White-presenting Indigenous peoples
Efimoff, Iloradanon H.
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Indigenous individuals who physically appear White, or White-presenting Indigenous Peoples (WPIPs) are a growing and unique group. Previous research indicates multi-dimensional discrimination, coming from darker-skinned Indigenous peoples (DSIPs), WPIPs themselves, and White people (Lawrence, 2004). The purpose of this study was to understand the experiences of WPIPs utilizing a model of horizontal hostility (White, Schmitt, & Langer, 2006) and expectancy violation theory (e.g., Jussim, Coleman, & Lerch, 1987). Participants were 242 university of Saskatchewan students and community members (121 self-identifying as Indigenous and 121 self-identifying as White). All participants were randomly assigned to one of three conditions to view a medical school application: a WPIP target, a DSIP target, or a White target. Participants then rated the candidates on a series of traits. Results did not support horizontal hostility as modelled by White et al. (2006), whereby darker-skinned Indigenous participants would rate the WPIP candidate worse than the White candidate. Findings did, however, support the definition of horizontal hostility (White et al., 2006), as Indigenous participants rated the WPIP candidate worse than the DSIP candidate, and themes of horizontal hostility were identified in answers to open-ended questions. Findings also indicated support for in-group bias on behalf of Indigenous participants, and expectancy violation theory on behalf of White participants, as both Indigenous and White participants rated the Indigenous candidates better than the White candidate. Results are discussed within the context of lateral violence and modern prejudice.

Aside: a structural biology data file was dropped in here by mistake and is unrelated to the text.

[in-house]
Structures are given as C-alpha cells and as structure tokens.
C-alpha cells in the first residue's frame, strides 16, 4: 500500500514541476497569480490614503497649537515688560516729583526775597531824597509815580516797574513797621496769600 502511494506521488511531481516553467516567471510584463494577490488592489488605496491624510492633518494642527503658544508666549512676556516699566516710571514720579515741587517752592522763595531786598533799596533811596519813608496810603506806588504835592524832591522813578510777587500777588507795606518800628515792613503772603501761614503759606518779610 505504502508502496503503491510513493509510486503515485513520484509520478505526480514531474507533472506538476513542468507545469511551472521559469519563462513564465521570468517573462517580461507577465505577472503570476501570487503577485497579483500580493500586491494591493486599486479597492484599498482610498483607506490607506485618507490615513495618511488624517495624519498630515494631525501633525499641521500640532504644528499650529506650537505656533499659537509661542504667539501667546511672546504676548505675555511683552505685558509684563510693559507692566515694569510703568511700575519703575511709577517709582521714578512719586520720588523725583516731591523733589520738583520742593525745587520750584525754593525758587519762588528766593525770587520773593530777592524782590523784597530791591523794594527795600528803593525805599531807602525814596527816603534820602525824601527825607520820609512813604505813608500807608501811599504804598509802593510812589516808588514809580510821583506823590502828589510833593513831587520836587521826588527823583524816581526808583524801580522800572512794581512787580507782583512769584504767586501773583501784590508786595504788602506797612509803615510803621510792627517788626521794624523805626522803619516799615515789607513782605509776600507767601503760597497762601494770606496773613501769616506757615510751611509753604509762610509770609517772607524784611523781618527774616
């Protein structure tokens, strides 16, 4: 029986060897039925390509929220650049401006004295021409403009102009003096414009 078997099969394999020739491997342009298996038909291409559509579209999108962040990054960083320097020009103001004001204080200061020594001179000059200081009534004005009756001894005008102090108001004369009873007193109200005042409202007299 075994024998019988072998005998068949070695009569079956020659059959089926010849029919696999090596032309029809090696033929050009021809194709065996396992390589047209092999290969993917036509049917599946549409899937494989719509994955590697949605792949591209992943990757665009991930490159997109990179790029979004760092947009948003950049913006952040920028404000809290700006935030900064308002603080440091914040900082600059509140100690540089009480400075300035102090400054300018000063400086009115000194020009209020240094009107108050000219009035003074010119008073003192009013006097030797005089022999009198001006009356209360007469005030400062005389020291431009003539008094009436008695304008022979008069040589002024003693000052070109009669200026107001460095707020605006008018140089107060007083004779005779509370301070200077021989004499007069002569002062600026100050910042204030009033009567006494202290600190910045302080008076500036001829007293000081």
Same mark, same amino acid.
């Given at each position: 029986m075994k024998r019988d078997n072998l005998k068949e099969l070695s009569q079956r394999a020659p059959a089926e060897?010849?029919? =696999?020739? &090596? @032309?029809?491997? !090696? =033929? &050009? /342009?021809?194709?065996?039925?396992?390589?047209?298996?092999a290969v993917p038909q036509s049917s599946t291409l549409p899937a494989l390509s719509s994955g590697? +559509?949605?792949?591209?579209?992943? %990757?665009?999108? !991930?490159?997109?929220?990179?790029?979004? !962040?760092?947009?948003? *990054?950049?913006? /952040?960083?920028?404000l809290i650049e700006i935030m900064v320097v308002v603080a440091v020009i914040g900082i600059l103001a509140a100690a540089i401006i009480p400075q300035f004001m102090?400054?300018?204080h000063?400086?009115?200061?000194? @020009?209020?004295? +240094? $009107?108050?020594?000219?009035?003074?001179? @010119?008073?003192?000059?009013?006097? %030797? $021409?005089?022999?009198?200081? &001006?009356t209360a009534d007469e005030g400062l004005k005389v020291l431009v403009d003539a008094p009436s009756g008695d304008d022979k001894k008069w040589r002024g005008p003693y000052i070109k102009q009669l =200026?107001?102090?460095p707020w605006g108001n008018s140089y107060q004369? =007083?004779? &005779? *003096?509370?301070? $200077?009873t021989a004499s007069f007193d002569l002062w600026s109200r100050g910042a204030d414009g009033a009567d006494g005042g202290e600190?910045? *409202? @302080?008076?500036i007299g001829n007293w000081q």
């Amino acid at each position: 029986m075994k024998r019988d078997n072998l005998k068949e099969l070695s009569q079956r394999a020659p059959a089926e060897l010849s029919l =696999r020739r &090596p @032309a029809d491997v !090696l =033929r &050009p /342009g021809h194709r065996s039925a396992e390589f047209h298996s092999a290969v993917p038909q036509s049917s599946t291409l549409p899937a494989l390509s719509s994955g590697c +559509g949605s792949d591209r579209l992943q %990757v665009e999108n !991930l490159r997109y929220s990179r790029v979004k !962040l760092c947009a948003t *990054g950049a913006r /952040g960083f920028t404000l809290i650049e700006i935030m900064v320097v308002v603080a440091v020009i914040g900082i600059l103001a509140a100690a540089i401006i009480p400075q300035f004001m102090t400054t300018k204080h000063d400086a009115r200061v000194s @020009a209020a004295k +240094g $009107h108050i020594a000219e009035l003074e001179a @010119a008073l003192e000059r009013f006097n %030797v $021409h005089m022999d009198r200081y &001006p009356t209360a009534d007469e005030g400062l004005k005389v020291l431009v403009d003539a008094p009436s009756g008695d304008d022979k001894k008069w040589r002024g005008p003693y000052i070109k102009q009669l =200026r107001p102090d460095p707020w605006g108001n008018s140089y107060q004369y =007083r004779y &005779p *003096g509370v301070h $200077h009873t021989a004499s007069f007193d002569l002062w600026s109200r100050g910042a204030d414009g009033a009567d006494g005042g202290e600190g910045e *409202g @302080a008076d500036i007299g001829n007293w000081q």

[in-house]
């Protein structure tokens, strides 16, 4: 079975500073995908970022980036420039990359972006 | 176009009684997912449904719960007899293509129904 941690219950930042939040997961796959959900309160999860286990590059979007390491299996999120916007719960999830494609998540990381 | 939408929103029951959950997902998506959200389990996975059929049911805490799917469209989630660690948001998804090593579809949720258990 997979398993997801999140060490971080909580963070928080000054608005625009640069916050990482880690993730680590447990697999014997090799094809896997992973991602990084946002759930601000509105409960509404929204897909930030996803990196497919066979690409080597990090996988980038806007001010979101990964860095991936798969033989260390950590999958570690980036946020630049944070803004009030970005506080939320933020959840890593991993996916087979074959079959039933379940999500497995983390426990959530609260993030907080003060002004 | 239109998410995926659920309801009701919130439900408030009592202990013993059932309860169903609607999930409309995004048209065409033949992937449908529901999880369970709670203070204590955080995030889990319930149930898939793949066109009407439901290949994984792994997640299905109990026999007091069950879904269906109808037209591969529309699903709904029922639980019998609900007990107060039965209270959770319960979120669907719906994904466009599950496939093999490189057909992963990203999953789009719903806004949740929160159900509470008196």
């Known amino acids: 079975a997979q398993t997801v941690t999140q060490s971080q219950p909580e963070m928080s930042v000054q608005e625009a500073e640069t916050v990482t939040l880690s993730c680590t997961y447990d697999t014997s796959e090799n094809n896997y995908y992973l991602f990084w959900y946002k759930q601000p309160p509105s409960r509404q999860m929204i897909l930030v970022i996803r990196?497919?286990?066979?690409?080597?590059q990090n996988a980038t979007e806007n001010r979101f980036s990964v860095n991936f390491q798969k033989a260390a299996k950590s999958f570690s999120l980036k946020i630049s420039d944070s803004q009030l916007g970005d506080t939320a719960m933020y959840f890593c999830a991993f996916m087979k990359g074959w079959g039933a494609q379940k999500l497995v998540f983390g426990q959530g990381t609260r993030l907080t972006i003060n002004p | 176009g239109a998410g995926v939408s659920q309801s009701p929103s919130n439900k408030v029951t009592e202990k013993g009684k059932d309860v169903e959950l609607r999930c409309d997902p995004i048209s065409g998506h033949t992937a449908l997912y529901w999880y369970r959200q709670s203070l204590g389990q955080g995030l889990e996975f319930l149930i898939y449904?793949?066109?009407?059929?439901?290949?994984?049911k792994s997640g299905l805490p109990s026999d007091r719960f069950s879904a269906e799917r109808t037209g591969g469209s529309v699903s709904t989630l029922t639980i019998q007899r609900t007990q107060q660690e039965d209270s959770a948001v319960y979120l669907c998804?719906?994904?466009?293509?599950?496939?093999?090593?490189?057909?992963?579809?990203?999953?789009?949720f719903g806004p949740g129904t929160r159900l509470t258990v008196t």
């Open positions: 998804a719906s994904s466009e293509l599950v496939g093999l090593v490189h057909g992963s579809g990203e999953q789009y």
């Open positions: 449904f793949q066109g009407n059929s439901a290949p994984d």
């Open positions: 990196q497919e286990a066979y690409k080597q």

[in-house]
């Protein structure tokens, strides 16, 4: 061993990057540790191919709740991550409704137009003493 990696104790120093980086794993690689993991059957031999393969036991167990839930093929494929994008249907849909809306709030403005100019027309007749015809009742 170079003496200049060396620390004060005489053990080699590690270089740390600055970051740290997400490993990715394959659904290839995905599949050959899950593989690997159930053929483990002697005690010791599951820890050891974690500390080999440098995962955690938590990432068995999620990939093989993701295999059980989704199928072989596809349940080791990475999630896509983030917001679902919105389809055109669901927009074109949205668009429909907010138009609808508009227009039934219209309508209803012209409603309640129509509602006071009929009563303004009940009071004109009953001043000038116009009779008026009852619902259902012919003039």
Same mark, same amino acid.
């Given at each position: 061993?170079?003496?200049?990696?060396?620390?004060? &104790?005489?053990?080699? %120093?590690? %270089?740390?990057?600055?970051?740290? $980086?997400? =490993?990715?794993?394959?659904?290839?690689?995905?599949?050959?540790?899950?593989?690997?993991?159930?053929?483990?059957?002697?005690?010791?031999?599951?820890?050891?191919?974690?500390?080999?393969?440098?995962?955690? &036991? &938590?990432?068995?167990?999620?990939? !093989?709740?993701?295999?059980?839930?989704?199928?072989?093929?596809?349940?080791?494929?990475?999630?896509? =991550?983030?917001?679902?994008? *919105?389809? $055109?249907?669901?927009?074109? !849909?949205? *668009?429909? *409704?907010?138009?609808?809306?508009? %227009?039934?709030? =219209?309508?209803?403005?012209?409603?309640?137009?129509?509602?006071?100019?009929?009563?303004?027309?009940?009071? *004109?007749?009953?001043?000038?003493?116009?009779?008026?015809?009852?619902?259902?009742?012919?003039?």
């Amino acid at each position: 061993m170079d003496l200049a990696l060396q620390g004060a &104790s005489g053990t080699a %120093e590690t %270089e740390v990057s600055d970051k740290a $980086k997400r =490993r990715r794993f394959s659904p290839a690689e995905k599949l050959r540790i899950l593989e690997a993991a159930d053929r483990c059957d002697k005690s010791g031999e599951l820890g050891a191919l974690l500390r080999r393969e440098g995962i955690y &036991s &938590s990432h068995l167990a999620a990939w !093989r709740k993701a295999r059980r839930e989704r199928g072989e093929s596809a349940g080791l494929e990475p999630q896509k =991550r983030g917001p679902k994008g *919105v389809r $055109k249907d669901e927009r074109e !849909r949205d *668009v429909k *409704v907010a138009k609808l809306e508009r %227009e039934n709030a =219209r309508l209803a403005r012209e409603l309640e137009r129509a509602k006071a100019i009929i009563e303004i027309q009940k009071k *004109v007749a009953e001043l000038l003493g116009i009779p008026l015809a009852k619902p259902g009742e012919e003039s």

DegreeMaster of Arts (M.A.)
CommitteeMorrison, Todd; Innes, Rob; Bird, Yelena; Sarty, Gordon
Copyright DateOctober 2017
expectancy violation theory